In the 1970s, eastern Singapore still had a rural feel, its ribbons of middle-class suburbs interspersed with Malay kampongs (villages). Inevitably, the area hasn’t escaped the mushrooming of high-rise new towns, and much of the southeast coast has been radically altered by land reclamation to create the East Coast Park, a long strip of leisure and watersports facilities. For visitors, the points of interest mainly lie along or close to where the coast once was. Closest to downtown is the suburb of Geylang, which has retained some of its old Malay identity; neighbouring Katong likewise has traces of its historical Peranakan character. At the eastern end of the island, Changi is where the Japanese interned Allied troops and civilians during World War II, commemorated at the thought-provoking Changi Museum. The rustic Singapore of old clings on at Pulau Ubin, an island visitable by boat from Changi.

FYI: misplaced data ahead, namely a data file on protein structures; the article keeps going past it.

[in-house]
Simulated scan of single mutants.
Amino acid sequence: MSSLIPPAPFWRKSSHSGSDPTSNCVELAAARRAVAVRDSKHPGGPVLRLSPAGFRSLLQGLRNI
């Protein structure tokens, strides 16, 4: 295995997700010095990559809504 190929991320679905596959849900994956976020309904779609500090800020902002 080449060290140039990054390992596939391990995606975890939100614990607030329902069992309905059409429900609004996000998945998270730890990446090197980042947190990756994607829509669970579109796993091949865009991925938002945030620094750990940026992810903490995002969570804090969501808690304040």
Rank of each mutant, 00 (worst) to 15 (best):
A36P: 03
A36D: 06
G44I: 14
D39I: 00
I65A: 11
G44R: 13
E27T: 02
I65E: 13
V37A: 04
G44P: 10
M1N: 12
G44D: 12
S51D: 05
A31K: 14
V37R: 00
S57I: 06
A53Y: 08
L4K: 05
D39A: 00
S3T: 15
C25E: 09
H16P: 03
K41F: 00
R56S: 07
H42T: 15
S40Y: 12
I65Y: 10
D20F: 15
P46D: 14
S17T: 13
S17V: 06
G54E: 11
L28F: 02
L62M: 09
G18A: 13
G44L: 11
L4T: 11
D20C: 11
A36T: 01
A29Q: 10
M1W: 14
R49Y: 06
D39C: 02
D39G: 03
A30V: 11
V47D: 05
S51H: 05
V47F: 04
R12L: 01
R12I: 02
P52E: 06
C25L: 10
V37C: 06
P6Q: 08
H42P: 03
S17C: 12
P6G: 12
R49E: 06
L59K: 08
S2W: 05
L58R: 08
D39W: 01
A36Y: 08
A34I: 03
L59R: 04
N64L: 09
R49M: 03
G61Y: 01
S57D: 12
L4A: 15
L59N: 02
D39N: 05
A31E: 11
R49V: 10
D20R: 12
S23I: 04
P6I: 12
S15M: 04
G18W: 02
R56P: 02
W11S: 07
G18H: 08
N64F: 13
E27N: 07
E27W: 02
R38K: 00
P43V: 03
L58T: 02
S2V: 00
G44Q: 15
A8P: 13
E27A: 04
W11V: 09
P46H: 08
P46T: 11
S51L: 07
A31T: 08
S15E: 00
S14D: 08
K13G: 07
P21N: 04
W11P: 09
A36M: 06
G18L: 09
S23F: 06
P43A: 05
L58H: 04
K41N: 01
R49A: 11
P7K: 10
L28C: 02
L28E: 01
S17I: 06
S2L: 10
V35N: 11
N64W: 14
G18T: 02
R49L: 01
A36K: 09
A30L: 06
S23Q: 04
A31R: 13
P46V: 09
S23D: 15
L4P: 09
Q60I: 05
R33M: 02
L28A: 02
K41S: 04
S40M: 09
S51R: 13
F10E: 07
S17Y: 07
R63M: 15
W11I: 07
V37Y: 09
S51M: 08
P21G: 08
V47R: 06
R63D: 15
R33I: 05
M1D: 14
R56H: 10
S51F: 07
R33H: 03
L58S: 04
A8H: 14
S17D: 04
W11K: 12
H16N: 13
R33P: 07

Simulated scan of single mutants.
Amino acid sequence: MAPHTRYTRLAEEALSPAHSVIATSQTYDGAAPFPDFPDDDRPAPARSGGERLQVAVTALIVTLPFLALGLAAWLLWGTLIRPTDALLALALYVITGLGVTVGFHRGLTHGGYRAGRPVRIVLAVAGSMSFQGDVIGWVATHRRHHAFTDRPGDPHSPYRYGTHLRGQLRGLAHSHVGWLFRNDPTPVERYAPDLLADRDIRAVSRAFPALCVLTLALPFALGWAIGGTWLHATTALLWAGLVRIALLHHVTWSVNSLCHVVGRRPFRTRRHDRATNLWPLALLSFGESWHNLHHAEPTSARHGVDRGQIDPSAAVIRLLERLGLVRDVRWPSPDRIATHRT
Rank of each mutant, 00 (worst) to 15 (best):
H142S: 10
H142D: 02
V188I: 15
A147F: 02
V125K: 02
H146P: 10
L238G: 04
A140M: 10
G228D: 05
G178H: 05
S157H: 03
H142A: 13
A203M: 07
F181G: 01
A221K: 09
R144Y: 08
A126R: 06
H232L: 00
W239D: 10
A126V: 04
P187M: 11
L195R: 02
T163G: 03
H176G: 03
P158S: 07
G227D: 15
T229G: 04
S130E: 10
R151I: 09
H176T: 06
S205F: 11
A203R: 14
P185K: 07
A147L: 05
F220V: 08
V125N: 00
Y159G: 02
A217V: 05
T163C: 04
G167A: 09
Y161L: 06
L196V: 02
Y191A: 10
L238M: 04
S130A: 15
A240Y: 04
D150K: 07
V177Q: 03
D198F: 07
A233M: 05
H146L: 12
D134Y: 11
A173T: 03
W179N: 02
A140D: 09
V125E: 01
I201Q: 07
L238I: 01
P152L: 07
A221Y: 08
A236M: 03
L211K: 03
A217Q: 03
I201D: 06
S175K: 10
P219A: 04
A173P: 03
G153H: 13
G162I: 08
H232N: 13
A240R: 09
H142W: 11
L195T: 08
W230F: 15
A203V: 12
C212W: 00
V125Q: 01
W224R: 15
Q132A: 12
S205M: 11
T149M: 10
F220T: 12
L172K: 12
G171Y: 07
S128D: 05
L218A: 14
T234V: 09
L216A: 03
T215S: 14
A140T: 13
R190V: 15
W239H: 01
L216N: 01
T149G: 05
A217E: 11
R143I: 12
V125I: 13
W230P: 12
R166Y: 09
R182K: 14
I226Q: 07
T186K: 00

Subscribe to the Rough Guides newsletter and get 20% off any ebook.
Join over 50,000 subscribers and get travel tips, competitions and more every month.